Since I have been dependent on one eye since birth, I didn’t even know anything was ‘wrong’ until I was 10 or 11 years old when I performed poorly on a routine eye exam at school. I was told that my right eye was severely ‘lazy’ at the time and that it was impossible to fix properly. And so, I was fitted for (some really ugly) glasses that only had a super strong prescription in one of the lenses and told that if I just wore my glasses diligently that I would one day encourage my super ‘lazy’ eye to ‘work’ properly.

Vision out of my right eye is nearly non-existent. If I close my left eye and try to use my right eye to view things, I can just barely make out blurry shapes and all light is scattered.

After seeing a variety of optometrists over the years who all seemed to have different explanations for what they thought was wrong with my vision and after a really harrowing semester in Microbiology Lab where I had numerous issues using the binocular microscopes (amusingly, this was also my favorite class despite the issues), I finally went to an ophthalmologist to get to the bottom of things. My ophthalmologist shook her head when I explained about all of woes with wearing glasses for years (massive headaches despite having the right prescription). She ended up explaining after a lengthy exam (and I will simplify the explanation here) that my brain just does not utilize my right eye properly and that no amount of wishful thinking and powerful lenses would ‘convince’ my right eye to magically start working.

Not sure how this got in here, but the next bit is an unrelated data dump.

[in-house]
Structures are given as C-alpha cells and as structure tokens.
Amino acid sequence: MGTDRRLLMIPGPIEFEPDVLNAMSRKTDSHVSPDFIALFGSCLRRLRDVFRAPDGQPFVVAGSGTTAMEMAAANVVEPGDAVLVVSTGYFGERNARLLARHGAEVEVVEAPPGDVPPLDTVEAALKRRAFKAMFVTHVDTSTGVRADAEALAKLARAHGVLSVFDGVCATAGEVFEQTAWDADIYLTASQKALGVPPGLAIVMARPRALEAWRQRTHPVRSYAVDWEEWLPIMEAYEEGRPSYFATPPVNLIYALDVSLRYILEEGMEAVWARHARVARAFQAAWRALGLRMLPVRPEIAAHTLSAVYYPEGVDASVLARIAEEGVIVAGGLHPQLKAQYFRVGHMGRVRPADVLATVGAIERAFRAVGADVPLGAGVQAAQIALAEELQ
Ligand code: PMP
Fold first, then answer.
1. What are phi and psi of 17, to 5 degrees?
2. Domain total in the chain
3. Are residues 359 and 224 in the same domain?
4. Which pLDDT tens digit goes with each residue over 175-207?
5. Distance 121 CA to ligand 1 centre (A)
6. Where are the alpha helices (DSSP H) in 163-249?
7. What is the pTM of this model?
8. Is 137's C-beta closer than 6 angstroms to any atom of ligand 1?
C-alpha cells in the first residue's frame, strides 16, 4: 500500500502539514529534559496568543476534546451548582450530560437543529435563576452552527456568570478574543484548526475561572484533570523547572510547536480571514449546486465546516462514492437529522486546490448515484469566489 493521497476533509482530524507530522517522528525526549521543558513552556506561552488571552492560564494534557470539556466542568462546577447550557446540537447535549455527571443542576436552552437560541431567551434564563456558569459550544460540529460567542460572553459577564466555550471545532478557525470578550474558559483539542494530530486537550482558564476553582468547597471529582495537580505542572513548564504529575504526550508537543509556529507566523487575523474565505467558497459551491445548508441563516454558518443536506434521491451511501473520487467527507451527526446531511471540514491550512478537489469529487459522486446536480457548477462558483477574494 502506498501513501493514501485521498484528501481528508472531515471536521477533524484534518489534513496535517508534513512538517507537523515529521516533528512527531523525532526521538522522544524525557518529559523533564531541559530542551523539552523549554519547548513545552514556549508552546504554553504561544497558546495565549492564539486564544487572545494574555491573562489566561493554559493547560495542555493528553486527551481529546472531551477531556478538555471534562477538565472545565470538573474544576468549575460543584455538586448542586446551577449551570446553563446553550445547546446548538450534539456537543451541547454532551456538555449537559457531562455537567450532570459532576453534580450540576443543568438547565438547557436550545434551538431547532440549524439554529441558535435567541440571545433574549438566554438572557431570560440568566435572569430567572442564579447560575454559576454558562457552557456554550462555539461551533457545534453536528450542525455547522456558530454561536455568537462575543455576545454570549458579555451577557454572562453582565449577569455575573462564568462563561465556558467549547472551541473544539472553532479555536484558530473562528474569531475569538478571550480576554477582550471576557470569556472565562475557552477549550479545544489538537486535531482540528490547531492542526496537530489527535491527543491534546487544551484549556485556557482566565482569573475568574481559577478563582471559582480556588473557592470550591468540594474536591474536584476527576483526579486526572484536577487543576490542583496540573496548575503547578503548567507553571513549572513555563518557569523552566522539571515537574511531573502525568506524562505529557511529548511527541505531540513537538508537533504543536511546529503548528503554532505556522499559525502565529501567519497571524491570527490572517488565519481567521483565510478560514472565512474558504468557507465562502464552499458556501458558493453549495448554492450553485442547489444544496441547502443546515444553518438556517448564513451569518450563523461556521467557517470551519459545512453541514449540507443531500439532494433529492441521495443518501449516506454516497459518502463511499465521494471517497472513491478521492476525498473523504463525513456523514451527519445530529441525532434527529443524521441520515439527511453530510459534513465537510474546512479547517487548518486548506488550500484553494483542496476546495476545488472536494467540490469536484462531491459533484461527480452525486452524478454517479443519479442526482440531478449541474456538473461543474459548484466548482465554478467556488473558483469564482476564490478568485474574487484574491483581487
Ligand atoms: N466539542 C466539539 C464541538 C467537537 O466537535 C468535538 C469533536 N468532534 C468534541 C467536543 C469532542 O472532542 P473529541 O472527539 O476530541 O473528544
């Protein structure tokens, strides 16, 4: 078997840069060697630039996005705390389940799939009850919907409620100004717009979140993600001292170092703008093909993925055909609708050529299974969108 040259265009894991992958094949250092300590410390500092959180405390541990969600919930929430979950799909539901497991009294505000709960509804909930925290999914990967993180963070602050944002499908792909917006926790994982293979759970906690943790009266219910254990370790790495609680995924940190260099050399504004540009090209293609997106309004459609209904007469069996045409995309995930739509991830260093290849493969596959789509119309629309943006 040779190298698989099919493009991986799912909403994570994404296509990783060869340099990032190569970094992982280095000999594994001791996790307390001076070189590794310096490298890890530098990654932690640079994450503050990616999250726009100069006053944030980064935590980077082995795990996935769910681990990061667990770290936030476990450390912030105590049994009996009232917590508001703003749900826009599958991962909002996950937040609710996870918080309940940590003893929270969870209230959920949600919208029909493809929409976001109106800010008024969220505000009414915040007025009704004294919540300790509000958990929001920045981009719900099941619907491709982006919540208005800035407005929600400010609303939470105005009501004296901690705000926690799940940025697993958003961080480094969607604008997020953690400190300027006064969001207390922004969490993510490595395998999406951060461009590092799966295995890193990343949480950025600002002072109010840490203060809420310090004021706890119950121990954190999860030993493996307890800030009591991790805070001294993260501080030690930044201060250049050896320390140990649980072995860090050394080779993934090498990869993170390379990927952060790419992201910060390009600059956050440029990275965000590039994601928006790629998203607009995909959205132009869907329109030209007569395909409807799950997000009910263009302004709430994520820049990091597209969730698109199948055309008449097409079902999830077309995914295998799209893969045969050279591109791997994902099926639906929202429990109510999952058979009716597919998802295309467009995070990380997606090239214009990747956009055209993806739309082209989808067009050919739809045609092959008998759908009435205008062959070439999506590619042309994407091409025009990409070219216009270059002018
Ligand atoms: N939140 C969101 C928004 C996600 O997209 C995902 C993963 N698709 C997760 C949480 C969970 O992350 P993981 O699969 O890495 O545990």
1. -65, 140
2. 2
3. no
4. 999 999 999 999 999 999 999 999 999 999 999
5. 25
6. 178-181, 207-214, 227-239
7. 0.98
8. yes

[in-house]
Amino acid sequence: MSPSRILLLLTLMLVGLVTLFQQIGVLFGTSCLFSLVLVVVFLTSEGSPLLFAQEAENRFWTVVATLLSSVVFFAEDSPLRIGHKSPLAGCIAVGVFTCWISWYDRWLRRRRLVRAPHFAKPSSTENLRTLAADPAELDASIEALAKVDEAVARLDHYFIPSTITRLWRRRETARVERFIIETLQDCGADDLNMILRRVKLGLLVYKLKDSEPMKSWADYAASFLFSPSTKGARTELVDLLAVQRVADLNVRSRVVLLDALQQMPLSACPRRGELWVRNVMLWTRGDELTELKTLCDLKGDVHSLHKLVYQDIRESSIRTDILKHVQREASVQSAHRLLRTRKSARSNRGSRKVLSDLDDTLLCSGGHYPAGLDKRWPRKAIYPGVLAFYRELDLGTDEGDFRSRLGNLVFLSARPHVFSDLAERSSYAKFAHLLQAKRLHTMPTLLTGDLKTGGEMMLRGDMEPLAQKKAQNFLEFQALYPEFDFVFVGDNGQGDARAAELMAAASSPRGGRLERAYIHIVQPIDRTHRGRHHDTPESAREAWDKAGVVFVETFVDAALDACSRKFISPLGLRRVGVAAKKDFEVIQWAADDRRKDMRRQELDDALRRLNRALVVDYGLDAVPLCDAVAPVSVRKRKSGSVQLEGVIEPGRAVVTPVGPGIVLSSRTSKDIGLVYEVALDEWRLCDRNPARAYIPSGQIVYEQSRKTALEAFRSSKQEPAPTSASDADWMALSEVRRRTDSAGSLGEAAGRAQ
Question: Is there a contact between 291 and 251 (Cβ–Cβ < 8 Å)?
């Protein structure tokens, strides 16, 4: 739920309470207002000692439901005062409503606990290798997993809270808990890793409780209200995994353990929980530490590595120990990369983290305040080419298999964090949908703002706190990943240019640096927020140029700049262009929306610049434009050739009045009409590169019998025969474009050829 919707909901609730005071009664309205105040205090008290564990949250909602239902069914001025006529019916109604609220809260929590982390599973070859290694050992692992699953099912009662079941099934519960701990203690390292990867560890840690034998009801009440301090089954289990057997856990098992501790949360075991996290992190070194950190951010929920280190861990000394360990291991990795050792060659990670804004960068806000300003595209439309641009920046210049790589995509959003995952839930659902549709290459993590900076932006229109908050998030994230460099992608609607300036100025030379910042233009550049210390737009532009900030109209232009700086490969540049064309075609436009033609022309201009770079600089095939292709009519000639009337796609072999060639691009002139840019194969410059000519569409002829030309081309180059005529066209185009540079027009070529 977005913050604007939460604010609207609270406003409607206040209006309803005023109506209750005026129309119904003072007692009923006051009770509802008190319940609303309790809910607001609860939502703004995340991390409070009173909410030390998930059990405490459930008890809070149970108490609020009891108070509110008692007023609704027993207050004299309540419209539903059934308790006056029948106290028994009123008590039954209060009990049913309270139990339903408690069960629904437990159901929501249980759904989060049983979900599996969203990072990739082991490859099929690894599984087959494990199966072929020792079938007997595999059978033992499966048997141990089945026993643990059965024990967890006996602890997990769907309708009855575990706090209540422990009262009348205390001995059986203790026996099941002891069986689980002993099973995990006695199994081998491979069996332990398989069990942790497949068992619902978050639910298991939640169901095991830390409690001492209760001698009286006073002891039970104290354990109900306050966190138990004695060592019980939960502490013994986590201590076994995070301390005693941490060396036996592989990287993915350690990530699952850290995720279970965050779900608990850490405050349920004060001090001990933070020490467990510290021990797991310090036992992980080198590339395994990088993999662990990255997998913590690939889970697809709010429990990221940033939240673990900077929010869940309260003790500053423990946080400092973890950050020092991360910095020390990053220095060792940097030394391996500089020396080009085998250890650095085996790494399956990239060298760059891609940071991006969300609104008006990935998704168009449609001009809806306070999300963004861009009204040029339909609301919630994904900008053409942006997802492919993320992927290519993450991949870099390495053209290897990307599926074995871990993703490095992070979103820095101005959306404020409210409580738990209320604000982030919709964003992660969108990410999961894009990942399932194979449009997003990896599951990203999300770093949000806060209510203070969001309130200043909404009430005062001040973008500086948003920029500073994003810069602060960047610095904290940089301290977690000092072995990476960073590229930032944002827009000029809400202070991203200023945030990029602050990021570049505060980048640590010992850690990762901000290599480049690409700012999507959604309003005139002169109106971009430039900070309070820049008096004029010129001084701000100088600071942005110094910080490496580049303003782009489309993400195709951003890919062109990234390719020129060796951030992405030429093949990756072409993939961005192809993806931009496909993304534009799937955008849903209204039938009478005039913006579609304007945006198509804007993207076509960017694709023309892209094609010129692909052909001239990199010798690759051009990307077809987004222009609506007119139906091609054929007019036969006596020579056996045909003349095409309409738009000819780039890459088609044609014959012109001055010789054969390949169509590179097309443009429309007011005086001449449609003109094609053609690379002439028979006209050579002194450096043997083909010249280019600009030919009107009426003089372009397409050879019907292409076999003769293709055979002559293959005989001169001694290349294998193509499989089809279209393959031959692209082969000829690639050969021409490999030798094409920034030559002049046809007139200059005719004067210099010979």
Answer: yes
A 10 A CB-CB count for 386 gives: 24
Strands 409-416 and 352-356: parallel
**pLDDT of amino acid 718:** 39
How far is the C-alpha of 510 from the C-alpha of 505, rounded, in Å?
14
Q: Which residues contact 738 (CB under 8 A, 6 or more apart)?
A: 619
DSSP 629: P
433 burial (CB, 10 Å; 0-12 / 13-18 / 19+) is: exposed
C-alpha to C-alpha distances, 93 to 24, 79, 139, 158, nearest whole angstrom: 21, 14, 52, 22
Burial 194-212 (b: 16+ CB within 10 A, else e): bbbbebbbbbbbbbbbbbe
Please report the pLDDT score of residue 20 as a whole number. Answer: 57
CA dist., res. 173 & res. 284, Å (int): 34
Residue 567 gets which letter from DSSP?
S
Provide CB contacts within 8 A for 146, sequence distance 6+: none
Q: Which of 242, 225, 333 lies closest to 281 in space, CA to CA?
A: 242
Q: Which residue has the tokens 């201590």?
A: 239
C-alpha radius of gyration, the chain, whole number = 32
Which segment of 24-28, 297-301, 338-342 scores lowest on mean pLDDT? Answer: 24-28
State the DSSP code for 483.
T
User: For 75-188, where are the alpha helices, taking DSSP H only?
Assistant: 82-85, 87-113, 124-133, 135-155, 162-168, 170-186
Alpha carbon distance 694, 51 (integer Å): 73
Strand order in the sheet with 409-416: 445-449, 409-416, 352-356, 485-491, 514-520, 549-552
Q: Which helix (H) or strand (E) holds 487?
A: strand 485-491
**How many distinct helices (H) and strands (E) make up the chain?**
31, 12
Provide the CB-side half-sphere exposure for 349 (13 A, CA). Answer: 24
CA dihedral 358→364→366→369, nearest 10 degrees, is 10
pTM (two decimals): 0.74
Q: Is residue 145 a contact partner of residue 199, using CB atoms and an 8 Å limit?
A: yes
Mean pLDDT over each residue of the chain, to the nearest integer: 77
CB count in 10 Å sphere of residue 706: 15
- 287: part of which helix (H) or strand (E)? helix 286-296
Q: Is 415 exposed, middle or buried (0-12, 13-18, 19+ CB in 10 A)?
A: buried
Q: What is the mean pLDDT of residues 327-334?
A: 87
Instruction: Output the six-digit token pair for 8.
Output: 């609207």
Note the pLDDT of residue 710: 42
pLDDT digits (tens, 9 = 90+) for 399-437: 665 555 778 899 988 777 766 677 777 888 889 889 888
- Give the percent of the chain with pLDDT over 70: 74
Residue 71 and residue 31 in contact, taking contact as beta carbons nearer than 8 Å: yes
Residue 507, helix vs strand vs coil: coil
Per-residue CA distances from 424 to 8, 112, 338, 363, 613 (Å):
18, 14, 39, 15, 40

And so, the other night when a bug flew into my good eye (the left one) while I was in Brooklyn and proceeded to move around and scratch my cornea before I got it out of my eye, I was very, very lucky to be with my boyfriend because not only was it ridiculously painful to deal with but having to hold my good eye closed while tears streamed down my face from both eyes due to the trauma nearly rendered me incapable of getting around since I couldn’t see anything at all. I also have him to thank for not only getting me to the emergency room at Beth Israel in one piece but also cracking jokes while we waited which made me panic less since all I could think about were the worst case scenarios (and for finding a pharmacy open at 5 in the morning and leading me there when I was beyond blind so I could get the antibiotic eye-drops I needed).

My eye is nearly healed after a pretty scary weekend that consisted of a lot of sleeping, listening to music and podcasts in the dark (I had extreme sensitivity to light). I was shocked to read in the various comment threads on my Facebook and on my Google Plus over the past few days about how many people also view the world out of only one eye.

I do find it really interesting that I tend to pose with my good eye showing in self-portraits and in photos taken of me by other people. I never noticed I did this until recently when I shot a whole batch of self-portraits and realized that I seemed to favor angling myself with my good eye showing (the image in this post was a throw-away from that batch and amusingly features my good eye).

I also don’t really know how my one-eyed view of the world affects my photography. I think about it from time to time though and it is interesting to ponder but I guess I will never know how my photography would have progressed differently if I could see out of both of my eyes.

I do know that I am seriously considering wearing a protective suit the next time I go outside…;)

—-

View this photo larger and on black on my Google Plus page

—-

My regular photography for sale here, email me, or ask for help.

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Notes

  1. xfacesx reblogged this from nythroughthelens and added:
    Vivienne Gucwa
  2. grappblr reblogged this from nythroughthelens
  3. im-still-riding-elevators reblogged this from nythroughthelens
  4. shushanova-with-love reblogged this from asacsdoublearabian and added:
    ^^I have this same problem! minus the bug, haha
  5. lorry77 reblogged this from nythroughthelens
  6. meinrasendherz reblogged this from nythroughthelens